Everyone said, “Why didn’t you take the stand at trial?” I didn’t have it. I was interviewed by multiple police officers, detectives, and a district attorney for 14 hours. I just told them what happened if they didn’t like it. It was fine.

He knows that he was spoiled when he was growing up, so now he wants to pay for his own phone bill and feel normal. He said that he wants to pay for his wants just like everyone else, but he also knows that the convicted killer needs to be paid.

The convicted murderer stated, “Regrettably, this is something that I committed. It was not deliberate.

‘However, I am still accountable, so it’s something I strive to manage on a daily basis.

I try to do one positive thing for myself and others. Yeah, I don’t know if someone else knows anything positive or not. If positive things come, I will try to stay positive and encourage myself to stay positive.

Chambers expressed uncertainty about whether he will ever “deserve the privilege” to request their forgiveness and “does not wish to inflict any additional suffering” when questioned about the Levin family.

On August 26, 1986, Jennifer Levin, an 18-year-old cyclist, was found dead by a passerby in Park Central. She had been heading away from college just a few weeks prior.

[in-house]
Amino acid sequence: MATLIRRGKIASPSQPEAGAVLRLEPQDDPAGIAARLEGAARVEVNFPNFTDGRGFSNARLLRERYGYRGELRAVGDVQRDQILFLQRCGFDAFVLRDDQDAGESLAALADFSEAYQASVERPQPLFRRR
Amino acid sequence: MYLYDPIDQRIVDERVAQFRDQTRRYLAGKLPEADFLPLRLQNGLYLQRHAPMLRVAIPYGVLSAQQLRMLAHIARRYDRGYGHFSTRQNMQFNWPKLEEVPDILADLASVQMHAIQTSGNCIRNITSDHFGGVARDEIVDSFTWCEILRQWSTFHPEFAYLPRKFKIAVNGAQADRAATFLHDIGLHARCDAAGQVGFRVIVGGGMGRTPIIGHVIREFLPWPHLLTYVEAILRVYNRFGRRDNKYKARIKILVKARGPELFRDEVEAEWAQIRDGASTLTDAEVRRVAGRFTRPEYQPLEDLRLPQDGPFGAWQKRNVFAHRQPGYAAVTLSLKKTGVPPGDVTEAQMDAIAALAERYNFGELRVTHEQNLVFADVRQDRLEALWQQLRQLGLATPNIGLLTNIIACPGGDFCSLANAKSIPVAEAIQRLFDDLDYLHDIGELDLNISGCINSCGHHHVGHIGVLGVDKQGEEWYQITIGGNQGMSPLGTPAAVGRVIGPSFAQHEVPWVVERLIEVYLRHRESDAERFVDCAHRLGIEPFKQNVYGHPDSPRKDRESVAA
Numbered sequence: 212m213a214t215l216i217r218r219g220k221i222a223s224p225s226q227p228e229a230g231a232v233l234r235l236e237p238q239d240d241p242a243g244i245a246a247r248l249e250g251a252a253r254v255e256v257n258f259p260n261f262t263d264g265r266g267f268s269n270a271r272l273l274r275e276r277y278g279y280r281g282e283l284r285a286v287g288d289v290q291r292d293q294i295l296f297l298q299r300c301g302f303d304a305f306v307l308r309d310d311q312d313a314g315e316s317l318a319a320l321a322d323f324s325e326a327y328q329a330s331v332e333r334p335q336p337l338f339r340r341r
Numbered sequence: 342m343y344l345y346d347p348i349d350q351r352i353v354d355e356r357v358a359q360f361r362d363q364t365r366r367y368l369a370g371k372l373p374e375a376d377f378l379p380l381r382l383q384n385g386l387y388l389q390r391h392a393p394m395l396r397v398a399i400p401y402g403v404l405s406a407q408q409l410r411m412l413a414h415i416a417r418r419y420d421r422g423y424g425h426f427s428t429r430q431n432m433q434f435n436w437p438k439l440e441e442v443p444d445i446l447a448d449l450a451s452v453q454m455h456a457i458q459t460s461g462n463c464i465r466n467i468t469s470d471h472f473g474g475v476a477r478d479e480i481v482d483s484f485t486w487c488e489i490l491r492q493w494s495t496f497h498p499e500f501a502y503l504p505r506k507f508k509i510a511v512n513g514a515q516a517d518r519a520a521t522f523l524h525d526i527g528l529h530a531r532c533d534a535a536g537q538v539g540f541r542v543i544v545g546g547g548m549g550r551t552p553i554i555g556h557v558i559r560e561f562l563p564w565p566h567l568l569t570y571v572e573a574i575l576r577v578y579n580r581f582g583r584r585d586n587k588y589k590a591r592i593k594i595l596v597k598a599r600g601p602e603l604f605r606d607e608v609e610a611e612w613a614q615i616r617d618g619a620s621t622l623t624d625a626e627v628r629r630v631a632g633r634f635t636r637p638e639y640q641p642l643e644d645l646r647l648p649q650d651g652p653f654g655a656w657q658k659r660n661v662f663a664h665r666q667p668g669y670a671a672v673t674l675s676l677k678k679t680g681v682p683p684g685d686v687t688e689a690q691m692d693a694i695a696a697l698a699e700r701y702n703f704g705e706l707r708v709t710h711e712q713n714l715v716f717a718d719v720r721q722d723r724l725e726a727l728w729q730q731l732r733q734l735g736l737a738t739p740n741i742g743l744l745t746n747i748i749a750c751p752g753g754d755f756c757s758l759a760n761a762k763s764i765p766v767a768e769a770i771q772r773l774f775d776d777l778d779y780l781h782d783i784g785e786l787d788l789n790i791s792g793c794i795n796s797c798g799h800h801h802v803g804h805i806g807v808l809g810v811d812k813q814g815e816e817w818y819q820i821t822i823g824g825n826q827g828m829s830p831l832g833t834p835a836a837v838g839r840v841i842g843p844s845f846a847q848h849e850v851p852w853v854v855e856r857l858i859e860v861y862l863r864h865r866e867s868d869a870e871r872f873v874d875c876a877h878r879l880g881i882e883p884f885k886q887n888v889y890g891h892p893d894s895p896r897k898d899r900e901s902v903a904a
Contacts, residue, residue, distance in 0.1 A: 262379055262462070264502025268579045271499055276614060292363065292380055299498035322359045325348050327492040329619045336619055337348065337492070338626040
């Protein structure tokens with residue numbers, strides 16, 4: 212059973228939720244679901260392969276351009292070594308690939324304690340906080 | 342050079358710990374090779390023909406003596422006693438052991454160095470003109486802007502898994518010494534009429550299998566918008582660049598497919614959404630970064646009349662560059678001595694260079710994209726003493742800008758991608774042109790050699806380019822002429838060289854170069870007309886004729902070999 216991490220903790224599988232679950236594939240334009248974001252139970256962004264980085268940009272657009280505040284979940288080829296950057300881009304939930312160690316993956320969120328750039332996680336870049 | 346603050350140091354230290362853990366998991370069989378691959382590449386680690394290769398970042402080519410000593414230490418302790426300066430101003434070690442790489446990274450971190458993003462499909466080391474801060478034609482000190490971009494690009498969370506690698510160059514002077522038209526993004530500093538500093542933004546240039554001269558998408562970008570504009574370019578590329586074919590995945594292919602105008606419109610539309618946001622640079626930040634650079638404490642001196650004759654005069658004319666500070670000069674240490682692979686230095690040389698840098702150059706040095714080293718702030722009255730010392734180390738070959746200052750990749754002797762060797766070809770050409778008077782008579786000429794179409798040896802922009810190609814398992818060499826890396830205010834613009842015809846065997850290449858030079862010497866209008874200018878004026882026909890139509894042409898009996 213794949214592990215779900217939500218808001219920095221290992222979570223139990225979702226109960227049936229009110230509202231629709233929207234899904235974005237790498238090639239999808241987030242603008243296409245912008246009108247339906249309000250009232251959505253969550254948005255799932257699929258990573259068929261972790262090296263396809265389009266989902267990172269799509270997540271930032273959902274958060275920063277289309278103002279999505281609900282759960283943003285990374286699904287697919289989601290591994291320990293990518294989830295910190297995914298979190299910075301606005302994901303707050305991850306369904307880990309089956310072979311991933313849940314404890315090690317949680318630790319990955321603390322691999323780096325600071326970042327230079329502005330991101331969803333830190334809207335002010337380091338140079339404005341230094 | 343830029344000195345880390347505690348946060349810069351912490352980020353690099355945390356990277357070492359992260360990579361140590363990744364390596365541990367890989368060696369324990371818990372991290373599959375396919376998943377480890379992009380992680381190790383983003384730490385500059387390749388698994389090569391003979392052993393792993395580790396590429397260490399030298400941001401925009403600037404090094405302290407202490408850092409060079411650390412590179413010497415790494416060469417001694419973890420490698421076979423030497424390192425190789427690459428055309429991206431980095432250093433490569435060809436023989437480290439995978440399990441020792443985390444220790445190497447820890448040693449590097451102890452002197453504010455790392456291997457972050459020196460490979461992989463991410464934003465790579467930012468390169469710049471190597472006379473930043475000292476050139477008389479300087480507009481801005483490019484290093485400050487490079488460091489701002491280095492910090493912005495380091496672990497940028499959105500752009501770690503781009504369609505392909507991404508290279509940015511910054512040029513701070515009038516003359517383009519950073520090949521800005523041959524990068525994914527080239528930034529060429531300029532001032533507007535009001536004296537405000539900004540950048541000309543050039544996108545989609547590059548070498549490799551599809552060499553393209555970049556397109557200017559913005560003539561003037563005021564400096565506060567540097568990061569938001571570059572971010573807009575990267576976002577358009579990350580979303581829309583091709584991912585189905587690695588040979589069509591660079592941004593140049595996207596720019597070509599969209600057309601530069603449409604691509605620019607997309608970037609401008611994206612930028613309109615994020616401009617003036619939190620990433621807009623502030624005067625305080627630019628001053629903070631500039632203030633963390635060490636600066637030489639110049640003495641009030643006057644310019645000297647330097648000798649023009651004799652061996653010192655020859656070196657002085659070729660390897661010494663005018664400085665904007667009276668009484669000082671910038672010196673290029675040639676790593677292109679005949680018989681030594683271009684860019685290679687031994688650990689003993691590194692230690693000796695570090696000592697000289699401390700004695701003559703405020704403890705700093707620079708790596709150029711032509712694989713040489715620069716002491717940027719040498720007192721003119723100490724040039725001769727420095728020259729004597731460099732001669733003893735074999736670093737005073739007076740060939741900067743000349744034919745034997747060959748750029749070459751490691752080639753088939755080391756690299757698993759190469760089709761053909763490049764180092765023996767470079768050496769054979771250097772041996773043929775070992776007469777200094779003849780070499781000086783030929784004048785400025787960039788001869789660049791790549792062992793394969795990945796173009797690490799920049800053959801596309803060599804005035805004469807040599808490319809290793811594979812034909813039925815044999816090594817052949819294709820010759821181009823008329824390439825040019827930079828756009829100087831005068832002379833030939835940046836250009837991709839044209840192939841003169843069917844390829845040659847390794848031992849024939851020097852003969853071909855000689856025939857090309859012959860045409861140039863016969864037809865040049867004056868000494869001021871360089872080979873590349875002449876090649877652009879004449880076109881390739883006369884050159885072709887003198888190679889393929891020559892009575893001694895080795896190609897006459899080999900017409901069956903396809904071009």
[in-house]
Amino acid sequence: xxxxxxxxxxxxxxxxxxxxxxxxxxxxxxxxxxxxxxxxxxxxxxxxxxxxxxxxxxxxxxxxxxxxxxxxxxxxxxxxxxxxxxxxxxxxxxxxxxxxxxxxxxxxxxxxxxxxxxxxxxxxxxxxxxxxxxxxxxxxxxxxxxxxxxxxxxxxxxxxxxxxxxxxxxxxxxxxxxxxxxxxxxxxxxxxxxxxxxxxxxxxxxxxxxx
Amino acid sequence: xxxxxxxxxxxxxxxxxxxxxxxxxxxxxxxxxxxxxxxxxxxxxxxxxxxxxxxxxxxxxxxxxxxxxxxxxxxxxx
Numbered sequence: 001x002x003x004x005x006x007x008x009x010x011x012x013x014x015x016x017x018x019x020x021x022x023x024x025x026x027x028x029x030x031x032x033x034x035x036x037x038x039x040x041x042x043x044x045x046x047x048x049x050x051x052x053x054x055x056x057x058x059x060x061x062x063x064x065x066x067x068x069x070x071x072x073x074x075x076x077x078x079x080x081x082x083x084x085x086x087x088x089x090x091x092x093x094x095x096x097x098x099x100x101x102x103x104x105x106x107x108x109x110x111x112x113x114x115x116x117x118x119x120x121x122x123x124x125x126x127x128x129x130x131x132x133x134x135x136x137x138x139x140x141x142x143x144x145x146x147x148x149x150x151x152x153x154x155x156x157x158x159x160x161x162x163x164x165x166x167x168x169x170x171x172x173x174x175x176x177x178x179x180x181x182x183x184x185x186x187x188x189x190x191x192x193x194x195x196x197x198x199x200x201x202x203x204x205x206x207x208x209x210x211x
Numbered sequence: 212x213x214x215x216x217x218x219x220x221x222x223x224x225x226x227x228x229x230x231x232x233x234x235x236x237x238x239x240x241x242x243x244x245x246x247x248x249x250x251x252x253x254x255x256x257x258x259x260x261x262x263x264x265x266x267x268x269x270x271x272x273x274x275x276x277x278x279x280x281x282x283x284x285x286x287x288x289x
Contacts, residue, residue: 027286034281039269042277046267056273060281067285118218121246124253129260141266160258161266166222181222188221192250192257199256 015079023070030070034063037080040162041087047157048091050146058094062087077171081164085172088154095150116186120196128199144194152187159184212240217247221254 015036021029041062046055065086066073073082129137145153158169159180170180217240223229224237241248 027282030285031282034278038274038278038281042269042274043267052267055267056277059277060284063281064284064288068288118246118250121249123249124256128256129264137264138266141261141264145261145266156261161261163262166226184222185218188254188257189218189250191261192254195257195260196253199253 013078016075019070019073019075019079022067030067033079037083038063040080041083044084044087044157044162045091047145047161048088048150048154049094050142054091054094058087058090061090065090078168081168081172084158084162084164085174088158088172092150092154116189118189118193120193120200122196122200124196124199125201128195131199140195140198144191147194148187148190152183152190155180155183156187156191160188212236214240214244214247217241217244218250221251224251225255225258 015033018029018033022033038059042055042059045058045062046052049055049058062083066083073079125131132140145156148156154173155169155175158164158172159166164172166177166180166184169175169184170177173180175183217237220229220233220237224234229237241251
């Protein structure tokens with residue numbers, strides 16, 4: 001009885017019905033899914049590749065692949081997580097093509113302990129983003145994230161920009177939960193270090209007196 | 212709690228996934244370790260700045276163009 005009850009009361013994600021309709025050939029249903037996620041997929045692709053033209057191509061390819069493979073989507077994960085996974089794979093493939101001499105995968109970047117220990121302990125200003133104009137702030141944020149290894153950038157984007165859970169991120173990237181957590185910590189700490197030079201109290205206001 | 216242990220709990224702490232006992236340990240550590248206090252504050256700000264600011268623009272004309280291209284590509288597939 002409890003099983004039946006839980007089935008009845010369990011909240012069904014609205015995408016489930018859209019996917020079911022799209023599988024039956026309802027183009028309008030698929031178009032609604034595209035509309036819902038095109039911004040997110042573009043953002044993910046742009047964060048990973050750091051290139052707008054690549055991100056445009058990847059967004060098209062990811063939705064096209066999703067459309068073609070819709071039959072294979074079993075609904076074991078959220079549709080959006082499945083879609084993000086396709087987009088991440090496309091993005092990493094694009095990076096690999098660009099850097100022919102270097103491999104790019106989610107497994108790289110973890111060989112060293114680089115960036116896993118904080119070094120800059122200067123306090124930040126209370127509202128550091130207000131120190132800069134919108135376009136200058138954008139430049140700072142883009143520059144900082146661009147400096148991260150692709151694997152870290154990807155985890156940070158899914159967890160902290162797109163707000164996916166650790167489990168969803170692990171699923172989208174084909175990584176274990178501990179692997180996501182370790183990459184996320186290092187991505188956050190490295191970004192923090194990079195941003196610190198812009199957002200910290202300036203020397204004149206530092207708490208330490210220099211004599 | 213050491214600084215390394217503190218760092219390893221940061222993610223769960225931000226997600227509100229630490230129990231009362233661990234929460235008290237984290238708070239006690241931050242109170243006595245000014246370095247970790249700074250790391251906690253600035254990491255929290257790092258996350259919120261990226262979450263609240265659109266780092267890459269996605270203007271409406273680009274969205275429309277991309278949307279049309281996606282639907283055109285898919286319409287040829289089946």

Soon after the suspects were identified, a citywide manhunt began and the police arrived at the scene, shutting down all tunnels and bridges in Manhattan.

Unknown to them at that moment, the individual accountable was seated close by and observing this entire sequence of events.

The police went to the same house on the same day where they found scratches on her face that were similar to the ones on Levin’s neck, indicating that she handed over her killer’s pry bar.

Unfortunately, I don’t think it matters what I do, if there’s always attention given to both the Levin family and mine,’ Chambers said.

“The Levins family, at the same level as my family, are individuals affected by my actions, but not compelled to bear the weight of victimhood. What pains me the most is that they were the ones who were coerced.”

Essentially, they lost track of their son. However, I am not the same person, they can find me in this place. The Levins, their daughter, went astray.

Regardless of the situation, I hope that nobody in history has to go through losing a parent as a child again. I hate speaking from personal experience, knowing what they’re going through.

I can’t really speak for them, but I can imagine that there’s a lot of pain involved in taking on the role of the victim and coming to court to listen and watch the discussions and gossip about the subject.

‘I don’t care. It’s important to me to say something if I understand that you’re going to say it. I want people to understand that. I don’t want that for anyone. I don’t want that. I caused that and.’

However, I believe it is important for me to understand that my actions have consequences, just like everyone else, and to stop blaming others for the outcomes.